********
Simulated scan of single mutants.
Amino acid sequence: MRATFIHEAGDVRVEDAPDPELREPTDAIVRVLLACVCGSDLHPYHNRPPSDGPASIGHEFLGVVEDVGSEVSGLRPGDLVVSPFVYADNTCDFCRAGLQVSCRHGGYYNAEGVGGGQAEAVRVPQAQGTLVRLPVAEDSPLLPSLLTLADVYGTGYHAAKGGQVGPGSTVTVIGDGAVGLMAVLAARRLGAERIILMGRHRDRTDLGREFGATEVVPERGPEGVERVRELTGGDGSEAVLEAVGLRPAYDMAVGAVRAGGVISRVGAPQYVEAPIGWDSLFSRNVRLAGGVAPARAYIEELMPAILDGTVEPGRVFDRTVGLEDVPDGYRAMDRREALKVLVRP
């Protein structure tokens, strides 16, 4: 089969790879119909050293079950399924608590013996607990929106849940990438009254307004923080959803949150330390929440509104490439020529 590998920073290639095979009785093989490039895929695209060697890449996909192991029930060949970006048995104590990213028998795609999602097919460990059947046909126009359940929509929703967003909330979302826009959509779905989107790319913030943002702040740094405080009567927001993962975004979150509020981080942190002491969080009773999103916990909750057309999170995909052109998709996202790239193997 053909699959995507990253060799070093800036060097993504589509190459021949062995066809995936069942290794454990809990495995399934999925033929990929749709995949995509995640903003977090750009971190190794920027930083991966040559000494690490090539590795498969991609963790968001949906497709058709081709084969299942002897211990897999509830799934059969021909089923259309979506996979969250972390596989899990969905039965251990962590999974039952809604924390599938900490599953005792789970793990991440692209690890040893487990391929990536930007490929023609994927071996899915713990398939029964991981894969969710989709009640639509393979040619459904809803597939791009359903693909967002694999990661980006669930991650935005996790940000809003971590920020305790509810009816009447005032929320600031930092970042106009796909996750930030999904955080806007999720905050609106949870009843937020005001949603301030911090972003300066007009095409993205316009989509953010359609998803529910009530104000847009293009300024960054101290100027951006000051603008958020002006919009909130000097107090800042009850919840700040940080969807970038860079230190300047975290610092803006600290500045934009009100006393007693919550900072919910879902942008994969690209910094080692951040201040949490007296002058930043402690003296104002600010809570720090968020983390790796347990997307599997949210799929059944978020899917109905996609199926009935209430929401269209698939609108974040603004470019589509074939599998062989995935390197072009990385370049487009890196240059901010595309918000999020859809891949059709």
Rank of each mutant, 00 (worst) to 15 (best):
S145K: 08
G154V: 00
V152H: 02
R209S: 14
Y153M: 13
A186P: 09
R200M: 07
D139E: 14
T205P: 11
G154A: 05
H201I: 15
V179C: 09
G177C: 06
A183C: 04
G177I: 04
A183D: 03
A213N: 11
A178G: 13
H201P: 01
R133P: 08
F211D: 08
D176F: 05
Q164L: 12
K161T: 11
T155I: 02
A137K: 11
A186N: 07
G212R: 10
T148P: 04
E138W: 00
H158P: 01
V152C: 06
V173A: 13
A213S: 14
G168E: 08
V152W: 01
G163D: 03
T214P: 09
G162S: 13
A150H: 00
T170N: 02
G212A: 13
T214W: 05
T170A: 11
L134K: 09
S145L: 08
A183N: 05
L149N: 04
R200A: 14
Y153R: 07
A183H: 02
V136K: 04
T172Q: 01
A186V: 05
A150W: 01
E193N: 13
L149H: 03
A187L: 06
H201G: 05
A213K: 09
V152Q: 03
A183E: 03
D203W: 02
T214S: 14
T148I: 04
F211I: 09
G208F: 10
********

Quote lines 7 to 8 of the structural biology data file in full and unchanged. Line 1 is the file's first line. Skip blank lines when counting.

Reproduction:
V152H: 02
R209S: 14